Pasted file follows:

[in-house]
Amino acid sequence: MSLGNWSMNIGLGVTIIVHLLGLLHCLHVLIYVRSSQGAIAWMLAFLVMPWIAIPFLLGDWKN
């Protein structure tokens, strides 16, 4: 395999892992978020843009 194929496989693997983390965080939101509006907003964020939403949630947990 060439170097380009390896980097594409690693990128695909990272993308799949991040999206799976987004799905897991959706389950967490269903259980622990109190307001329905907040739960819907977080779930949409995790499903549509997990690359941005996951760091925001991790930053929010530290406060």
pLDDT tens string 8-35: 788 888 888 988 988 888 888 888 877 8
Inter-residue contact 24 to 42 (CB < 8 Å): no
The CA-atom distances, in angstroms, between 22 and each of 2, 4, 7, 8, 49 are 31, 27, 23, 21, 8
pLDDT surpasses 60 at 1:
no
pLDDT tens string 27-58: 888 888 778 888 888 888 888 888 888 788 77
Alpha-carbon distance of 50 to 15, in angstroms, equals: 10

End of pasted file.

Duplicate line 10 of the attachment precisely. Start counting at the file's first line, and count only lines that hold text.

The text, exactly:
Alpha-carbon distance of 50 to 15, in angstroms, equals: 10